The 10 most curious social studies

The 10 most curious social studies

The social psychologist and professor Philip Zimbardo (author of the book "The Lucifer Effect", which deals with how good people become bad), works tirelessly to find out why humans do so many silly or irrational things throughout our lives . The answer is often simply due to other people, those around us, something that social psychologists have amply demonstrated.


  • 1 1. The Halo Effect: when you think you know more than you know
  • 2 2. How and why do we lie to ourselves ?: Cognitive Dissonance
  • 3 3. We create our own enemies. The Thieves Cave experiment
  • 4 4. Our Dark Hearts: The Stanford Jail Experiment
  • 5 5. Obedience to authority. Stanley Milgram's Obedience Experiment
  • 6 6. Are you sure you agree ?: The False Consensus
  • 7 7. Why are you from Madrid and hate Barça ?: Tajfel Social Identity Theory
  • 8 8. The negotiating table: threats do not work
  • 9 9. Why don't we help when there are more people: The Spectator Effect
  • 10 10. Conformity: The Asch Experiment

1. The Halo Effect: when you think you know more than you know

The Halo Effect refers to a cognitive bias whereby the perception of a particular trait is influenced by the perception of previous traits in a sequence of interpretations. That is, if we like a person, we tend to rate him with favorable characteristics even though we don't always have much information about himFor example, we think of someone who is friendly, and this makes us assume that we already know other more specific characteristics such as: he is also intelligent.

Hollywood stars demonstrate the halo effect perfectly. Because they are often attractive and friendly, then and almost automatically, we assume that they are also intelligent, kind, have good judgment and so on.

Edward Thorndike, known for his contributions in the field of school psychology, coined the term "halo effect" and was the first to prove it with empirical evidence. He described this phenomenon in his article "The constant error in psychological qualification".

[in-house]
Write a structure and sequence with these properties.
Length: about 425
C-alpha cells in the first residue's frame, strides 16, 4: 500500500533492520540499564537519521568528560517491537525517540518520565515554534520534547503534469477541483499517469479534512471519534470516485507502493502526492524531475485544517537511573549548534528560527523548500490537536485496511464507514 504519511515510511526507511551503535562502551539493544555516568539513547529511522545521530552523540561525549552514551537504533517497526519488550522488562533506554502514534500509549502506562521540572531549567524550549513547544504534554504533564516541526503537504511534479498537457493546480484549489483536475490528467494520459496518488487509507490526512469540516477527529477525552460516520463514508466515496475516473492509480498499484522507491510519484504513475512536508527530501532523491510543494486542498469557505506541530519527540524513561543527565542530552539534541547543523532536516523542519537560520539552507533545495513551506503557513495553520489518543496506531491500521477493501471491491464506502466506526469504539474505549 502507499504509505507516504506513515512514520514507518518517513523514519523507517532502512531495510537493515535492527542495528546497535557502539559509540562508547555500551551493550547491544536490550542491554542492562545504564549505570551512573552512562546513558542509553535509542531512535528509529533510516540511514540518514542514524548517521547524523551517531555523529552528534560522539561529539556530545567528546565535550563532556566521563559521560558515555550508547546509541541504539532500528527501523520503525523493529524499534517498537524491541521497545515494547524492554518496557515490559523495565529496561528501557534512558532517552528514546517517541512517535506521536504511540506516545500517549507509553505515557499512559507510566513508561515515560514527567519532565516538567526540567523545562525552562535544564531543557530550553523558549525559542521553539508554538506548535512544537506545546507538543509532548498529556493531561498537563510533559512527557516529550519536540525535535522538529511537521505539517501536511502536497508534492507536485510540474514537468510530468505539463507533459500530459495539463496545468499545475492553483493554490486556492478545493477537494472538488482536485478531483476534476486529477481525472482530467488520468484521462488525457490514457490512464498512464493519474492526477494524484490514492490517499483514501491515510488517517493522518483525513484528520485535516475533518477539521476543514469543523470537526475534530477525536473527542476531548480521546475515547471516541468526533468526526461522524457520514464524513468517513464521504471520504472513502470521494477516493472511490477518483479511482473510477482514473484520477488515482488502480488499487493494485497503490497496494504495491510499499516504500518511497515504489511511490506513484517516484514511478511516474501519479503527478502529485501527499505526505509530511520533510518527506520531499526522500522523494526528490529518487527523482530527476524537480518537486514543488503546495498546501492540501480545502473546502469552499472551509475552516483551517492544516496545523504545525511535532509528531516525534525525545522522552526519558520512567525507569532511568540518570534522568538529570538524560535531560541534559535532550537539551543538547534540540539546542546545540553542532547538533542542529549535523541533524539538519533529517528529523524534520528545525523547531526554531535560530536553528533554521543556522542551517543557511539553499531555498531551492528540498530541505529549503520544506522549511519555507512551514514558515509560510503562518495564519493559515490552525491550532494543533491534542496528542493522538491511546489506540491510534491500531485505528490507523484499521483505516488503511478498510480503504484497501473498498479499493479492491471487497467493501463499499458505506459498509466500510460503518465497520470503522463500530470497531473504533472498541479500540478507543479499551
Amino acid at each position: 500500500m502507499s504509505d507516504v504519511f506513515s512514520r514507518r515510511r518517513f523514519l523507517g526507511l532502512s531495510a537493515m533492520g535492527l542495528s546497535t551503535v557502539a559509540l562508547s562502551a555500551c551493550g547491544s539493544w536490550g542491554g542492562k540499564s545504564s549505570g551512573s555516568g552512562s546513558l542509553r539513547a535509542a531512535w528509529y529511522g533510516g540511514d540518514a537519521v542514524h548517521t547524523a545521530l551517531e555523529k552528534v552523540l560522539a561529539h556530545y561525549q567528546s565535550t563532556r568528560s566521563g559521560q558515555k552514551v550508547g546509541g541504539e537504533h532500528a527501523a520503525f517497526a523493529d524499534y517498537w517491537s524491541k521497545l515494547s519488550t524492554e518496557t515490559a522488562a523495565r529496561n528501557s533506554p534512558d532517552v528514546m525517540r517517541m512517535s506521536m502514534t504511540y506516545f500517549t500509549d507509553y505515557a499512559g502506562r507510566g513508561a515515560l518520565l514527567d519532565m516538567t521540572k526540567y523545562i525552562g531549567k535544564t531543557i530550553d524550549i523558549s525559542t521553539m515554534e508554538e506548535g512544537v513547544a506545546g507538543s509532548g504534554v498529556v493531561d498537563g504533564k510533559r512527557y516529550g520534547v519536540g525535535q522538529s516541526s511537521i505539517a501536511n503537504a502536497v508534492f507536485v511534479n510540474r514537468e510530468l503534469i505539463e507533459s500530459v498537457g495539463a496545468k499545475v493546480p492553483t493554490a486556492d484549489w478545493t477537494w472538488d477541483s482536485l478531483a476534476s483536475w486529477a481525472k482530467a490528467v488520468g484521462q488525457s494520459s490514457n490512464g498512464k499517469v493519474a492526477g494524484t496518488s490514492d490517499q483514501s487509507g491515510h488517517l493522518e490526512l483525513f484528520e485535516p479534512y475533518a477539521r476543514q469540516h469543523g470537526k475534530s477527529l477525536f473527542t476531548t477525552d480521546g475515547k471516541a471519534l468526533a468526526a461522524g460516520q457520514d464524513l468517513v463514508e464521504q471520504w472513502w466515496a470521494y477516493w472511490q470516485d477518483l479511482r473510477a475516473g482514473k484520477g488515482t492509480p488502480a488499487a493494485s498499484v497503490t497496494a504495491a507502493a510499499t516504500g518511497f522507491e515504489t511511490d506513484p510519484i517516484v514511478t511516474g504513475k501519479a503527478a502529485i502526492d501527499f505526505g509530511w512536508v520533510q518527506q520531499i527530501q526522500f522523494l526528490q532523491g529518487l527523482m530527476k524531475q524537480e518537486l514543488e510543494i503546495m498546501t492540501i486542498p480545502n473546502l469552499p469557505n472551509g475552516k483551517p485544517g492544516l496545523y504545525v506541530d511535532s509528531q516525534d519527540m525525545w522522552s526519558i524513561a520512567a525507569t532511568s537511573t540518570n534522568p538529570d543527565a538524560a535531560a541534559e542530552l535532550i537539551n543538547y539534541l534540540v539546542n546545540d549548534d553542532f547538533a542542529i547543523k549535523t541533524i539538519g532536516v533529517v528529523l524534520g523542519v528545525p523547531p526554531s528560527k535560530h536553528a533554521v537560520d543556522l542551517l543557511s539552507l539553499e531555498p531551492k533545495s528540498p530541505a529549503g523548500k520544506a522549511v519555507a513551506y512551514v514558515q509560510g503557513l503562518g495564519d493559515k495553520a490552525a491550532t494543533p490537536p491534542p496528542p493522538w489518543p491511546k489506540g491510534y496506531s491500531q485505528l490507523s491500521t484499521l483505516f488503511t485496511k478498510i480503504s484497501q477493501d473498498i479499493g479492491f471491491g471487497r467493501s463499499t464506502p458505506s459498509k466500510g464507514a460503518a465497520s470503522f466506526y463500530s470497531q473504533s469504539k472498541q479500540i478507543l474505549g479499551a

2. How and why do we lie to ourselves ?: Cognitive Dissonance

Many of the apparent contradictions in which we are often involved in our daily lives, perhaps the most famous is the theory of cognitive dissonance, whose influence has far exceeded the scope of social psychology itself, reaching impact even in neurological studies. In Psychology, cognitive dissonance is known as the tension or discomfort we perceive when we maintain two contradictory or incompatible ideas, or when our beliefs are not in harmony with what we do. It is an unpleasant sensation caused by holding two contradictory ideas at the same time.

For example, many people believe in animal rights, but in this belief they do not include the consumption of meat or using skins, if these have been made with animals that had already been slaughtered for human consumption (such as cowhide) . Some, realizing that the contradiction, leads them to feel dissonance, such as anxiety, guilt, shame, anger, stress and other negative emotional states. In this case, to curb this malaise, they rationalize the fact that it is not really bad to kill animals if it is only for eating, as it is a matter of survival, as do other animals in nature.

Another example could be the following: If we think "I am a good person" and at the same time "I have deceived a friend". In this case, if you feel you are cheating on a friend and at the same time consider yourself a good person, you will be in a state of disharmony that is quite unpleasant, so you will try to do something to eliminate such disharmony. To reduce the discomfort it causes, what we often do is change one of the cognitions, or both, to make them more compatible. For example: "He was not really a good friend and he deserved it because I know he would have done the same to me," or "the fault is his because he has been fooled ...", etc.

3. We create our own enemies. The Thieves Cave experiment

"The Thieves Cave Experiment" is the title of a famous social psychology study conducted in 1954 by Muzafer Sherif and Carolyn Sherif where I know study the origin of prejudice in social groups. This investigation occurred in a large space owned by the boy scouts, which was completely surrounded by the Robber's Cave State Park in the state of Oklahoma.